Dr. Tony Freeman, Earth science manager at NASA's Jet Propulsion Laboratory, has arrived in Copenhagen to attend what is being billed as a historical climate summit. This is the first of his dispatches from the negotiations.
On the way to this much-anticipated U.N. climate conference, my feelings are mixed. In the face of overwhelming evidence of climate change will the nations of the world act decisively? Will Copenhagen come up with the breakthrough approach to global warming most people hope for, or just a step along the road to a solution that everyone expects? Will a treaty on carbon emissions and offsets be forged or will that be deferred to another meeting somewhere down the road? And if there is a treaty, will it be ratified by the governments back home?
The first week of the conference is taken up with technical meetings and position papers from participants: here’s our approach to monitoring carbon dioxide [CO2] emissions; this is how we’ve been able to evaluate carbon offsets in the developing world; this is how reducing emissions from deforestation and forest degradation (REDD) would work in our part of the Amazon; translating back and forth between the language used by climate scientists and policy makers; and so on.
In the second week the discussions will advance towards how a solution might be made to work: how cap-and-trade would operate; the terms of a global treaty on emissions and offsets; strategies for emissions control in the developed world; what REDD might mean for a particular region; and balancing between the interests of the nations at different stages of development. Towards the end of the week, the heavy hitters will start to make an appearance — it’s expected that President Obama will make a speech in the last couple of days, and other heads of state will be making their case too. Will they confirm pledges agreed to in the build-up to the closing stages by their staff?
My role at the conference is that of an observer — I don’t get to vote on any of the decisions made at the conference, but I will definitely take the opportunity to learn as much as I can and talk to as many people as possible about the problems ahead. My intent is to let people know what our current capabilities are, and to identify what role we (NASA’s Jet Propulsion Lab and Caltech) can play in the future in monitoring climate change and in evaluating how effective measures agreed to at this landmark conference will be.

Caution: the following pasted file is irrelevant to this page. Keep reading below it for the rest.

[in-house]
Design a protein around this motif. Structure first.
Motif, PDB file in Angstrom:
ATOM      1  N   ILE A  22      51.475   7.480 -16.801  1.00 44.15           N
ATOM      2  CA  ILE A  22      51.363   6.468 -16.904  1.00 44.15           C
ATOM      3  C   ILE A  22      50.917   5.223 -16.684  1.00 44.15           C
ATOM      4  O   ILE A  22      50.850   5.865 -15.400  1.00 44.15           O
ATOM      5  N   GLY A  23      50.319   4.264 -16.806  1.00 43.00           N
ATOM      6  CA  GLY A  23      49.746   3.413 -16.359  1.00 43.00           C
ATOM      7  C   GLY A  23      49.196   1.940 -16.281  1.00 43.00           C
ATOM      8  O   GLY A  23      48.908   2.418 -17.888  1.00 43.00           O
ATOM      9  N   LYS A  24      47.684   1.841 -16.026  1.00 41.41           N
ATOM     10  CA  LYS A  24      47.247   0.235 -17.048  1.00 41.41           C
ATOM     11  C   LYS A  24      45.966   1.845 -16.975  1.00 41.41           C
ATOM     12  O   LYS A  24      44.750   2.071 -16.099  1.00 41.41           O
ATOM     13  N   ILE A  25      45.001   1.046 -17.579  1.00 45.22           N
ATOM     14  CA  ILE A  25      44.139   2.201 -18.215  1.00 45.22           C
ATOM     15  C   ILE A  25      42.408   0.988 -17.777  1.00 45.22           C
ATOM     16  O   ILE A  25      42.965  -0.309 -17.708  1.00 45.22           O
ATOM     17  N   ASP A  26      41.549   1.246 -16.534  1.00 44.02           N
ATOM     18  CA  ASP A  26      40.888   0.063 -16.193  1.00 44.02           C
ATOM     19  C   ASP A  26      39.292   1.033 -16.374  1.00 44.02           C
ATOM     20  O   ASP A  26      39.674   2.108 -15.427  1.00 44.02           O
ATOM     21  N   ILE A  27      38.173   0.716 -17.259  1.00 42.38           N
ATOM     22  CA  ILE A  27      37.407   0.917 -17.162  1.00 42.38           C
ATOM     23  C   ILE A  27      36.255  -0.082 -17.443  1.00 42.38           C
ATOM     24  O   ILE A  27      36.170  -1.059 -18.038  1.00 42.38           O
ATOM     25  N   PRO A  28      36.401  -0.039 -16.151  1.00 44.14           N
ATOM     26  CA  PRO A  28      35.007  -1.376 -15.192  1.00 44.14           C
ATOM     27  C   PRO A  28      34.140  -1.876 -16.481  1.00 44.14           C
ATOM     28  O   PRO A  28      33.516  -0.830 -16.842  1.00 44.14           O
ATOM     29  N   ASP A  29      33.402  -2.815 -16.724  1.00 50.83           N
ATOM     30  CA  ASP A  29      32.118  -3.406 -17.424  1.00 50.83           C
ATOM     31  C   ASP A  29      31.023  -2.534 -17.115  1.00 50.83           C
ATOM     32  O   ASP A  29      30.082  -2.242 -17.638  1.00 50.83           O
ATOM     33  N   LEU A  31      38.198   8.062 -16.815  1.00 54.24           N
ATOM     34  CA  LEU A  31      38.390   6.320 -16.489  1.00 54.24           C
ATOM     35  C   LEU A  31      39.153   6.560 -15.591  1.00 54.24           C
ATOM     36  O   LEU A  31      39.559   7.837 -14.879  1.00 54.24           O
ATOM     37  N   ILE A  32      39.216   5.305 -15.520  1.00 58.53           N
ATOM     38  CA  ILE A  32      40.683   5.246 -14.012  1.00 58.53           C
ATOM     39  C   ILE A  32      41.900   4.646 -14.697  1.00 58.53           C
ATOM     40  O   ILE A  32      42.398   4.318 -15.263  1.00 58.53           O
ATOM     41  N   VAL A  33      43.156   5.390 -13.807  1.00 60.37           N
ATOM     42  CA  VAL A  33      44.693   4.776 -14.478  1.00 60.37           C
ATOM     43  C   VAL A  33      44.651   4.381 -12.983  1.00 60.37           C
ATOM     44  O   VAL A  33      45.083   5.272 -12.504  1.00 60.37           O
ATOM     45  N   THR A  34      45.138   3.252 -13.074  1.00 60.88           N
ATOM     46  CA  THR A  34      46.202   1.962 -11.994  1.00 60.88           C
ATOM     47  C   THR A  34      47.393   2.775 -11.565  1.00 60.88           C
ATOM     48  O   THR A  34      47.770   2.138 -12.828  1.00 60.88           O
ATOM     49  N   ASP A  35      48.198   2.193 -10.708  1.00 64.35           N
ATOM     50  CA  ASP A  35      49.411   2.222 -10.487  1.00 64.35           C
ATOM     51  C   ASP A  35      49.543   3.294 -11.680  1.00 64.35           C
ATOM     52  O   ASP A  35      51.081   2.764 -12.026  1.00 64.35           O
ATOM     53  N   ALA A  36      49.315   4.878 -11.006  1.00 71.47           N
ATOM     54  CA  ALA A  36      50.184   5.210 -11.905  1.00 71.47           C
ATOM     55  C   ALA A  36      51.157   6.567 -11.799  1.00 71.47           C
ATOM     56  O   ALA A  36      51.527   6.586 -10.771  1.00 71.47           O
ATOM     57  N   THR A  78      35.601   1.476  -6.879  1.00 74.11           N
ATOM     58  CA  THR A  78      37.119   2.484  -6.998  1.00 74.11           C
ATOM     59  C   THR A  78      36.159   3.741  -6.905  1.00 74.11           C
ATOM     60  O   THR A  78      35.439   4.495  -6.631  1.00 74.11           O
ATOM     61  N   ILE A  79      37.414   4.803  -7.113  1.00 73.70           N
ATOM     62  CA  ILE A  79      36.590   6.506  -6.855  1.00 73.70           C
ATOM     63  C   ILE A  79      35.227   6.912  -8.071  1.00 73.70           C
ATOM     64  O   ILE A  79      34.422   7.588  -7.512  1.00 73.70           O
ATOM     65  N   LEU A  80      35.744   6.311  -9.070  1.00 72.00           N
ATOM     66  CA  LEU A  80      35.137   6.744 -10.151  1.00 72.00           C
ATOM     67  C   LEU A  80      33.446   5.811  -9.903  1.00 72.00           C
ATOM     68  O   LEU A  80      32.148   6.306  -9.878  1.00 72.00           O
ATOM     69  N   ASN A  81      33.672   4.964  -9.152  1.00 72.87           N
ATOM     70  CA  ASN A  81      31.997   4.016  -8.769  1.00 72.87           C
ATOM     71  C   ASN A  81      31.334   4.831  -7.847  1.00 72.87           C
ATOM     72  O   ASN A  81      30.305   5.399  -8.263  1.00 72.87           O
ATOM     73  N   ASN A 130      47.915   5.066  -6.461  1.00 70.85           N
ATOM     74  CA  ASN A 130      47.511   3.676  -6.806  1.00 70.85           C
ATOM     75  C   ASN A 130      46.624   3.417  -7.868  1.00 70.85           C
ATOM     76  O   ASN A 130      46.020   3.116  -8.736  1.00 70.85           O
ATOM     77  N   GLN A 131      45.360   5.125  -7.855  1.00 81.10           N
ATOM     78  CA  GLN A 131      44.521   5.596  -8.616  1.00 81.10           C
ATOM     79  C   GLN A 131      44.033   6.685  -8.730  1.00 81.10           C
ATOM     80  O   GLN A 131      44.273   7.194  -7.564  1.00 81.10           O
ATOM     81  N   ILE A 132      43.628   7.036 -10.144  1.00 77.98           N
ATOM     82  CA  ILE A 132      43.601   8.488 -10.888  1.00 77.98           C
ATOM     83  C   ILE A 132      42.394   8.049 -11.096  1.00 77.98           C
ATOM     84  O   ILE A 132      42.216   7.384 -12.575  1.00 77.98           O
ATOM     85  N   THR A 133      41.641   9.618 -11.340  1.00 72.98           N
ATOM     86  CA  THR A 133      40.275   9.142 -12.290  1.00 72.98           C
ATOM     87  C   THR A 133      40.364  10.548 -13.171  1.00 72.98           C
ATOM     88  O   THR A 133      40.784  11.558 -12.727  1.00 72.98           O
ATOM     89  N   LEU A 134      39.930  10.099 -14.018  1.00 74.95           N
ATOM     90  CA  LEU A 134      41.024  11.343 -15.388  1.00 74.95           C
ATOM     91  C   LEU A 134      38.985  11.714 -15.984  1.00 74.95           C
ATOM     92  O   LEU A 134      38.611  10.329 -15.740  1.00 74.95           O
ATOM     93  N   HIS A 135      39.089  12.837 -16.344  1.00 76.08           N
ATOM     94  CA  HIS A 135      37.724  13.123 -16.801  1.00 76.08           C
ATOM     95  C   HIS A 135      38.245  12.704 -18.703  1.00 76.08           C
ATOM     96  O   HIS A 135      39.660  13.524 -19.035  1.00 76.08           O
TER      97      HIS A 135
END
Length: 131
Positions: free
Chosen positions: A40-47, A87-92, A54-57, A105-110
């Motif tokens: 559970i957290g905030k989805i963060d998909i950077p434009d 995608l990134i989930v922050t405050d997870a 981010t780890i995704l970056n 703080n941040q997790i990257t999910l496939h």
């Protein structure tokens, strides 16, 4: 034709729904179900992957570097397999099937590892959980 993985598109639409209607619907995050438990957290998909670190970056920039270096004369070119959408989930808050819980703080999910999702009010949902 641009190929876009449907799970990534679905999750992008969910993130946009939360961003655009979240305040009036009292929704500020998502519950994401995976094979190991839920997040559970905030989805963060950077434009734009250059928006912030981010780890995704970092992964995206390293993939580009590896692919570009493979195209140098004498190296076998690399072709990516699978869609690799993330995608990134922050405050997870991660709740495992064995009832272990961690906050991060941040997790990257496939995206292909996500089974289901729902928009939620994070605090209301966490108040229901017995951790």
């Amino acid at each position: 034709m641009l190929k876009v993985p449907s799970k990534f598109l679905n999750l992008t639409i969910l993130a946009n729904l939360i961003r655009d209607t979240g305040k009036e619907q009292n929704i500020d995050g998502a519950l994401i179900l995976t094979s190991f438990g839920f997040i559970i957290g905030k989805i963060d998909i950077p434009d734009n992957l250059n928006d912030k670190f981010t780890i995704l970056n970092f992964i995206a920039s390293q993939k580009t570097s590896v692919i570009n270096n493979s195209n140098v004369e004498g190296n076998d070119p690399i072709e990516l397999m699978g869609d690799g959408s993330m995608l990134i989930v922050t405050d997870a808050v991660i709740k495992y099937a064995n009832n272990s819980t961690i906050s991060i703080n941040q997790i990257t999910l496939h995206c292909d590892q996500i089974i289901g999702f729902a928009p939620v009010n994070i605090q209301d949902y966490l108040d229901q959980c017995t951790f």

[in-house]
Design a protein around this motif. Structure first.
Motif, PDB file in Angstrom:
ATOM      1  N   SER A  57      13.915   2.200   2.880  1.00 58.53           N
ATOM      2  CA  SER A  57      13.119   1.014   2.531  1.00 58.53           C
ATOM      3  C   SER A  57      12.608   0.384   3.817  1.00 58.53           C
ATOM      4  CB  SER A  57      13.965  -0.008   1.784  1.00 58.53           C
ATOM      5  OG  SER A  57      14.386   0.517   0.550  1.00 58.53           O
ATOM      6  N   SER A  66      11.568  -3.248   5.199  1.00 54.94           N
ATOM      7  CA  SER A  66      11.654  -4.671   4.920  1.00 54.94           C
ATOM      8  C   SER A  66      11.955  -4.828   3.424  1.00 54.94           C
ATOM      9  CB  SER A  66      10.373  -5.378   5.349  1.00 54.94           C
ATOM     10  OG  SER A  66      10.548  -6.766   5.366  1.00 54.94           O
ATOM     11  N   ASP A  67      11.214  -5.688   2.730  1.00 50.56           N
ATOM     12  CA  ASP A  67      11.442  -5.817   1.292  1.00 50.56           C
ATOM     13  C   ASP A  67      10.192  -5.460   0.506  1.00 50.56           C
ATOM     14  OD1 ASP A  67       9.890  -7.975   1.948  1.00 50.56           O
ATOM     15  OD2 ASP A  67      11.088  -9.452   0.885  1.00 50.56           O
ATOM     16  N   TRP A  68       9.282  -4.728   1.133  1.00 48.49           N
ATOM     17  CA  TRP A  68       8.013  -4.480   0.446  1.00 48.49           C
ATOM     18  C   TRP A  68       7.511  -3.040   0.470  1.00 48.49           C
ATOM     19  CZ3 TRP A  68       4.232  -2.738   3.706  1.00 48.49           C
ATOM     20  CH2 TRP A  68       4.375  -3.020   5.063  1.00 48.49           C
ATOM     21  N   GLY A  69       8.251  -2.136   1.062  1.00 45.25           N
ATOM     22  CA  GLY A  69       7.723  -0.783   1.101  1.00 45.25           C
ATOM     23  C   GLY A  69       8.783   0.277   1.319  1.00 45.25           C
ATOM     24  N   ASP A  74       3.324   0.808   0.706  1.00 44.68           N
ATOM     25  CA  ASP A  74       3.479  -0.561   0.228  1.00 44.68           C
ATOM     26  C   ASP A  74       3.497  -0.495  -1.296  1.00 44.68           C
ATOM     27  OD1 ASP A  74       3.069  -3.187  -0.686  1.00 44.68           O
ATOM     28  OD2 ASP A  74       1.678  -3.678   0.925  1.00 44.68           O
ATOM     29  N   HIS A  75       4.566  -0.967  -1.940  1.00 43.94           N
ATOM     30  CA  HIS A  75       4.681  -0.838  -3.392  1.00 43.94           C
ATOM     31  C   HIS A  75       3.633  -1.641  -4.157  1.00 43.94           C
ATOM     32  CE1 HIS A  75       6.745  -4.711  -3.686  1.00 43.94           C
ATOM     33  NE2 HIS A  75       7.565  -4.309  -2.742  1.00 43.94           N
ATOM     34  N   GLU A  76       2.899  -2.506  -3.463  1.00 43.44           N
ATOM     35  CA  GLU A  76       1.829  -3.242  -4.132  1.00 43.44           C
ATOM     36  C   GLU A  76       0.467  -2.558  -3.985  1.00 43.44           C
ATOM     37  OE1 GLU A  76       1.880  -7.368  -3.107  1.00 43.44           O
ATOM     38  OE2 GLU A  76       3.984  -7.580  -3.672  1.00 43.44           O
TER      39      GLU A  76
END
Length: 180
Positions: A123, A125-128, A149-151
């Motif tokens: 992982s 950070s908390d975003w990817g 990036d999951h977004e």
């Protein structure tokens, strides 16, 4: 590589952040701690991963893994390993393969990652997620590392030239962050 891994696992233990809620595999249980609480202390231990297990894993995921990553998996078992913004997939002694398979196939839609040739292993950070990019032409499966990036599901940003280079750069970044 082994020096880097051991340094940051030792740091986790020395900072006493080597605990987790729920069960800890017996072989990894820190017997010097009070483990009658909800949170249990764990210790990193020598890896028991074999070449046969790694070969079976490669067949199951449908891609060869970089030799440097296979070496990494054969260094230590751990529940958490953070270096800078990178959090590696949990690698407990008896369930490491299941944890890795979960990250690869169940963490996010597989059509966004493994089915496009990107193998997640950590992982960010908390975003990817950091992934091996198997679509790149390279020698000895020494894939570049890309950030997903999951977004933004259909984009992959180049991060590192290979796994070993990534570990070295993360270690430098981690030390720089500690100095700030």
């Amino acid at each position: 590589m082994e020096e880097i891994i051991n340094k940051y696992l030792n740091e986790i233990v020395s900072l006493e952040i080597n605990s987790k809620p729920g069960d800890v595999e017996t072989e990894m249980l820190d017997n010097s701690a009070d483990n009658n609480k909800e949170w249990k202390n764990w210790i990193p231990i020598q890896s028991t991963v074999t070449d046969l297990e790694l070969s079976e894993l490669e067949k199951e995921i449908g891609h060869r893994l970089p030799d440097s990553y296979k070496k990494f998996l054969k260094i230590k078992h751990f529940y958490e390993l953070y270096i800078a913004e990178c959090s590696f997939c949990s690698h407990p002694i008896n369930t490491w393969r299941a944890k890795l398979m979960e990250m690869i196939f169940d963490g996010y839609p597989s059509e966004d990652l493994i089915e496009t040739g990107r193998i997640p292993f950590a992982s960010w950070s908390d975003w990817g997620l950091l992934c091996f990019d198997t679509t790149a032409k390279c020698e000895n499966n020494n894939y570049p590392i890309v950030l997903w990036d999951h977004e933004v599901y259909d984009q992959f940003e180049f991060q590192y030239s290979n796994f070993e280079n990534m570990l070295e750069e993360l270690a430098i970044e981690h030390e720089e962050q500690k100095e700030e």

From what I’ve learned so far, Copenhagen is an appropriate setting for this conference. It has been a trading hub for goods and ideas in eastern and western Europe for just over a thousand years. Denmark has made incredible strides towards becoming one of the greenest nations on Earth, and Copenhagen plans to become the first carbon-neutral capital by 2025. Its people know in their bones the effect of climate change. The Viking colony in Greenland was decimated by the effects of the “little ice age” in the 14th century and, in the 17th Century, Copenhagen was captured by an invading army from Sweden that crossed on foot over the frozen Oresund strait separating Denmark from Sweden. Denmark is a low-lying country, making it vulnerable to coastal erosion and increased flooding due to sea level rise. If the ice sheet covering Greenland were to melt later this century, as some models suggest may happen, the consequences could be even more severe. And on that cheery note…
Vi ses senere! (Danish for “see you later”)
--Tony Freeman — who did offset the carbon footprint of his air travel to Copenhagen by purchasing carbon credits.